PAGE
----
Synopsis: Historical theories braid North Carolina's Lumbee Indians and America's largest ongoing mystery, The Lost Colony, with a friendship that will never leave you. Jake Wilkes has ownership of his best friend’s bank account and winery and is engaged to the woman of their dreams. But he doesn’t have the highly coveted proof of North Carolina’s Lumbee Indians’ true origins. It was stolen it from his best friend, Bruce Black. His death made headlines. So Jake bravely directs his first presentation, ‘Lumbee Indians and America’s First Christians,’ which seems like a fiasco, and receives death threats and a proposition by an unassuming wordsmith. When Jake shares his true life tale of growing up with a Lum as his best friend he reveals a secret subculture and life on the swamp becomes a jubious ride to live to tell the tale. While a world away a second chance at love rides in on a turbulent tide. Set in rural North Carolina where moonshine, conjuring, church and fifty five thousand Lumbee Indians truly are as much a part of the beloved culture as America’s largest ongoing mystery, The Lost Colony. Includes references and guide to Lumbees' endangered language.
My thoughts: The only category I feel no doubt placing The Gamecocks in is “Southern.” It has dramatic, mysterious, mischievous, and most importantly historic content. The book is set up with the main character introducing each chapter of his story by reading it to us, himself being the author. This gives a sense of realism which is necessary because, in fact, the historical reveal brought forth here is being brought forth right now.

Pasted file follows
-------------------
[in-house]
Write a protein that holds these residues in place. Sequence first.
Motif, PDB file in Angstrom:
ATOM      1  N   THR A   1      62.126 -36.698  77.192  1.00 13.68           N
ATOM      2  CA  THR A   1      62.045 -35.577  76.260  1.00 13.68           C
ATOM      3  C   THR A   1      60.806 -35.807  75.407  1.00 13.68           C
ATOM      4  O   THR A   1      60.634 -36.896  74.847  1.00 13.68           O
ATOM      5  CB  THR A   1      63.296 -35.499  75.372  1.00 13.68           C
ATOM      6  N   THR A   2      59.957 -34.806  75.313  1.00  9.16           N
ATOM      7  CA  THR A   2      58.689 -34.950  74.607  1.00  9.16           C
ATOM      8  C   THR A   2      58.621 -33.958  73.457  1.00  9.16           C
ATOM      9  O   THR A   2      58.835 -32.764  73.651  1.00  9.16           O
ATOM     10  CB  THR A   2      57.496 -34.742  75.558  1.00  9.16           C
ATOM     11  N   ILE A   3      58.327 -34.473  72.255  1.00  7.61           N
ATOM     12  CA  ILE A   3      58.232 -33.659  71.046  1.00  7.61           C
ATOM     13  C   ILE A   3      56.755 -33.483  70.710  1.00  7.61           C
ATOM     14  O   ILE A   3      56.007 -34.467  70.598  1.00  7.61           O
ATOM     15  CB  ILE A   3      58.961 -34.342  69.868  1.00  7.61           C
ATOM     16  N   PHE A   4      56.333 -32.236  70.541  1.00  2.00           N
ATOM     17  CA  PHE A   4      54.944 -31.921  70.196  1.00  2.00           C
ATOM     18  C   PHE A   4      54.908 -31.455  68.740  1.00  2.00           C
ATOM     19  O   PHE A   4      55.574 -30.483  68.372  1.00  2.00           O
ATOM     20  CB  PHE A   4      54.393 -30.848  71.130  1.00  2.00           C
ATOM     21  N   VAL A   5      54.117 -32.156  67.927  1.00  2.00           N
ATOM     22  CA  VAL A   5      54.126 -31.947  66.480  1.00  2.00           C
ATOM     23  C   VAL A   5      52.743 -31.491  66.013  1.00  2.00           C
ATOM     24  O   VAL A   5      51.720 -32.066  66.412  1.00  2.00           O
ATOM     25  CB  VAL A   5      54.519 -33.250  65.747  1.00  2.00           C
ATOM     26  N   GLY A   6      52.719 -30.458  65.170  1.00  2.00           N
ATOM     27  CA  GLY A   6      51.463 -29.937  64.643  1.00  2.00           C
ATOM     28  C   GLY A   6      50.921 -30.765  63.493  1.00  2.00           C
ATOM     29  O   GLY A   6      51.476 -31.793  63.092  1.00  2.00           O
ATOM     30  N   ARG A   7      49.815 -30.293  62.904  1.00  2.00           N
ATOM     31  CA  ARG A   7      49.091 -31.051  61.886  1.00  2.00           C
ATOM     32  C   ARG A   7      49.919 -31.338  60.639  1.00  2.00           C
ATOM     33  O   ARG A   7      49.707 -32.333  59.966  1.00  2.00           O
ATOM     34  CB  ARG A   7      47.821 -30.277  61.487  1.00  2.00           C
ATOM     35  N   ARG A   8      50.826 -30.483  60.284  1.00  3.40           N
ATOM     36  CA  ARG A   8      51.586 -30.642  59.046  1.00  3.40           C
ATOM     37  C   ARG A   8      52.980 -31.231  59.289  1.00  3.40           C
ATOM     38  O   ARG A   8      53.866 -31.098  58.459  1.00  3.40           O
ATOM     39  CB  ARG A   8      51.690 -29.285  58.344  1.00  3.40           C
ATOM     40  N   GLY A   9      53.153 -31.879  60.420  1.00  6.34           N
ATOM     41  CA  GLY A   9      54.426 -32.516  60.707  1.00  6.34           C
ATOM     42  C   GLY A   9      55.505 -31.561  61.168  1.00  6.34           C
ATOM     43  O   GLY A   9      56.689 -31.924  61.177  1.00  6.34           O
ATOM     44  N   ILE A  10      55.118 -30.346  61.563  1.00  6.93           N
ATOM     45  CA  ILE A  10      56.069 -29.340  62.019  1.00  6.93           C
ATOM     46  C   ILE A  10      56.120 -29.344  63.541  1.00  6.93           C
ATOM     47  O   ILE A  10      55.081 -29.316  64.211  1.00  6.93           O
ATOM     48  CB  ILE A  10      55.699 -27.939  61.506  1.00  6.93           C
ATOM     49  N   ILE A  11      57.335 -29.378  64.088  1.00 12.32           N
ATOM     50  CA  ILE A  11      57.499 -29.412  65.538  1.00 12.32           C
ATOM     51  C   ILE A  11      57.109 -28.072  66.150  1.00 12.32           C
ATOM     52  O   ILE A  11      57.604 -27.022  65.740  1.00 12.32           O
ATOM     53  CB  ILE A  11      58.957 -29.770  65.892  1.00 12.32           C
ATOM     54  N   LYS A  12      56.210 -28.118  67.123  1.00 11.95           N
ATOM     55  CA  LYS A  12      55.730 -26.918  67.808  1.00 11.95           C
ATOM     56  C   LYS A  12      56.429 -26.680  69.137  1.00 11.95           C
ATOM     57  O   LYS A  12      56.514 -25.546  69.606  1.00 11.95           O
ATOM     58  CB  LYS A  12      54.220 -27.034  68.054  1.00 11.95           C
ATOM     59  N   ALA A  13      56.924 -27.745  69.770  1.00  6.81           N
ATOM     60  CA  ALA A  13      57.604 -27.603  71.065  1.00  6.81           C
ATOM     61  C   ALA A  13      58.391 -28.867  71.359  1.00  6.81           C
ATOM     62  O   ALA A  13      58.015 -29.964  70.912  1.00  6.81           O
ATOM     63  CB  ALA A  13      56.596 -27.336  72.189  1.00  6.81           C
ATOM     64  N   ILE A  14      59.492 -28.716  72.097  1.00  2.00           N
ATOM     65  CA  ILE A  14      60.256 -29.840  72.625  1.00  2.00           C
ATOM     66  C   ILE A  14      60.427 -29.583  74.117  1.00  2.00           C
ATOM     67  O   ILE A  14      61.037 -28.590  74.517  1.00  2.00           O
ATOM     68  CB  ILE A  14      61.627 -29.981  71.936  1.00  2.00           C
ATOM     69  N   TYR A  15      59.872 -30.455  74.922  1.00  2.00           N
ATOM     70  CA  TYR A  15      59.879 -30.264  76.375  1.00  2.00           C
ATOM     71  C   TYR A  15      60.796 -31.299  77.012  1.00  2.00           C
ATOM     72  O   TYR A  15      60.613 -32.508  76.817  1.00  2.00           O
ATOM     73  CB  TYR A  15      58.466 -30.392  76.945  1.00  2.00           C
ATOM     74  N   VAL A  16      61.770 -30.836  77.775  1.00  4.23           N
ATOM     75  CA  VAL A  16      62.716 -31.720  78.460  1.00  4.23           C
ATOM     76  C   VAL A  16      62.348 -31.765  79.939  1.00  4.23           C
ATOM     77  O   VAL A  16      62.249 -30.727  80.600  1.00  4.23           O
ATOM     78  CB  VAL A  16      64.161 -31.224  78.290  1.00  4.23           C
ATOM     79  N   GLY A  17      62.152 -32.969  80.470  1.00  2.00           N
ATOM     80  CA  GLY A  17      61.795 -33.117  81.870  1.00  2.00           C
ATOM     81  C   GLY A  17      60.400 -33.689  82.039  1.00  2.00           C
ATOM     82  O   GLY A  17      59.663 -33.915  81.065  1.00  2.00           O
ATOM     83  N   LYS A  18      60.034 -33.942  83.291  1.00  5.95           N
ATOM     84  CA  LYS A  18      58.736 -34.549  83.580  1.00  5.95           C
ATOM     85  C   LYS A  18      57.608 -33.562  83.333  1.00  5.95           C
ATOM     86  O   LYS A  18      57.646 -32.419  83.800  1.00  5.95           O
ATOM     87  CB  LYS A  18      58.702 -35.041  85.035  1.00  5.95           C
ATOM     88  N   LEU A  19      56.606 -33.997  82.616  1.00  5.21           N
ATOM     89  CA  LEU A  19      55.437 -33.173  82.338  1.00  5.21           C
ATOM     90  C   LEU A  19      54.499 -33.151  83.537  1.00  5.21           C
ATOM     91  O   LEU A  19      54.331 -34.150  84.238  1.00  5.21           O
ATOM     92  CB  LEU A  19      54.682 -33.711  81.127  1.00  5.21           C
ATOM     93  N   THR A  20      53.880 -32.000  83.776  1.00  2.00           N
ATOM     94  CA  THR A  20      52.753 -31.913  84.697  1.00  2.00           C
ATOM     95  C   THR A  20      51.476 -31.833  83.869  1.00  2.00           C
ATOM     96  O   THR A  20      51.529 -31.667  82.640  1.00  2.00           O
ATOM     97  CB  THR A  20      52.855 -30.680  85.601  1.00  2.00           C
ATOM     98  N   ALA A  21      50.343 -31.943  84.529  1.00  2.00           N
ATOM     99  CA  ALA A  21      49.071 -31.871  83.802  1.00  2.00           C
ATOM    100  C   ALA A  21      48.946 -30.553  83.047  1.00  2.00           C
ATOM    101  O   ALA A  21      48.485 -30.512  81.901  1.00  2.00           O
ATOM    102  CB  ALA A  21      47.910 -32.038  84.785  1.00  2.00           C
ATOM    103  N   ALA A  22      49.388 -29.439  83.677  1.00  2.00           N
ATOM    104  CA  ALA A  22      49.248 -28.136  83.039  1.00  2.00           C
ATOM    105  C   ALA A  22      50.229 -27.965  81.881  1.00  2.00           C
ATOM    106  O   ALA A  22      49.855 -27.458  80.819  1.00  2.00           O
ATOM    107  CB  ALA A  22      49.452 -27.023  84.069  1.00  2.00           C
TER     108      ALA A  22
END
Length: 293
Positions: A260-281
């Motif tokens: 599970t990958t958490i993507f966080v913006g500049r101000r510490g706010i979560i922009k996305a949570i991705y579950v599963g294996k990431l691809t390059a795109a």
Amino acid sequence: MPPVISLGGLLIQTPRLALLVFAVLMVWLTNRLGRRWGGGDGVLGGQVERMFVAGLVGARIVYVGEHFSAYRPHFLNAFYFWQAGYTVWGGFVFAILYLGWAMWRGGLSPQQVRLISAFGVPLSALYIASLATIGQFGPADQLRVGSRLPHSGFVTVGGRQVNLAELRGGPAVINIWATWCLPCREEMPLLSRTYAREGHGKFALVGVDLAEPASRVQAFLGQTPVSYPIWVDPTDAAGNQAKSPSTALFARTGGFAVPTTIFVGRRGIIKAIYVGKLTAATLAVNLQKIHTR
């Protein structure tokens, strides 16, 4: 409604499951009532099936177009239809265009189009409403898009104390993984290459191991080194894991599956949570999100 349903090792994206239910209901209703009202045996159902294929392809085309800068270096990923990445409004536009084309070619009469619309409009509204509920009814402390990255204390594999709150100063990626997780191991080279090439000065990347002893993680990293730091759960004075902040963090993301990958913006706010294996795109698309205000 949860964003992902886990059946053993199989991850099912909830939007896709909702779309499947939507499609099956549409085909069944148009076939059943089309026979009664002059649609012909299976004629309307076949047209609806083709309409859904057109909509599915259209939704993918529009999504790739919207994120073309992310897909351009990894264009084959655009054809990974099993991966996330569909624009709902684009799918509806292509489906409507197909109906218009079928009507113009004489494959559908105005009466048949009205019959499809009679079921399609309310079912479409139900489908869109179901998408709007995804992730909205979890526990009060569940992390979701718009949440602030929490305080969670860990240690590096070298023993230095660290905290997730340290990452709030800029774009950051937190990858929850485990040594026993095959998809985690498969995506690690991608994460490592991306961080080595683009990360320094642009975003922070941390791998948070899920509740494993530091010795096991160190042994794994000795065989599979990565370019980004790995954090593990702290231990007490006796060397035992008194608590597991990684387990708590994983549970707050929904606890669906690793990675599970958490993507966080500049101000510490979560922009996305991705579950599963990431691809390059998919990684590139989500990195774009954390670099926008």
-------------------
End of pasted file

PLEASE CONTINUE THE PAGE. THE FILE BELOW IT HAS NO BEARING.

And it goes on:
Jake, the main character and “author”, is quite a real person. In fact, this is true with each of the greater-seen cast. The time Mrs. Stephanie Sellers invests in her characters is very clear to see, and impresses me a great deal. She tied these characters very close to the South, and therefore the reader too. I felt ready to see a rowdy procession at the church, boys being told off by their momma, or Fisk and Wart runnin’ after a snake. Likewise, she doesn’t tone the speak down completely, neither.
Now, for the history. I appreciated the beginning exposition on the discovery of the Lumbee’s origin. This helped me track the book as I was reading, and made it much easier to understand once repeated. But, I also appreciate it for not saying all that would be said. It left quite a bit at the end for the Knights Templar, the Portuguese, the Council, etc.
The title of the book doesn’t become very clear until the end. This is where the action begins to unfold, and abruptly finishes the story. The end was unexpected, but when I think about it, was necessary. This is because it leaves much room for mystery that won’t be revealed, meaning there will likely be no sequel (not that it needs one).
In conclusion, The Gamecocks is a Southern-to-the-heart story of two friends trying to bring the historical truth of the Lumbee origins to light. It has fantastic characters which bring out the South in the reader, and has great historical enlightenment, which we would all benefit to learn.
My rating: 5 stars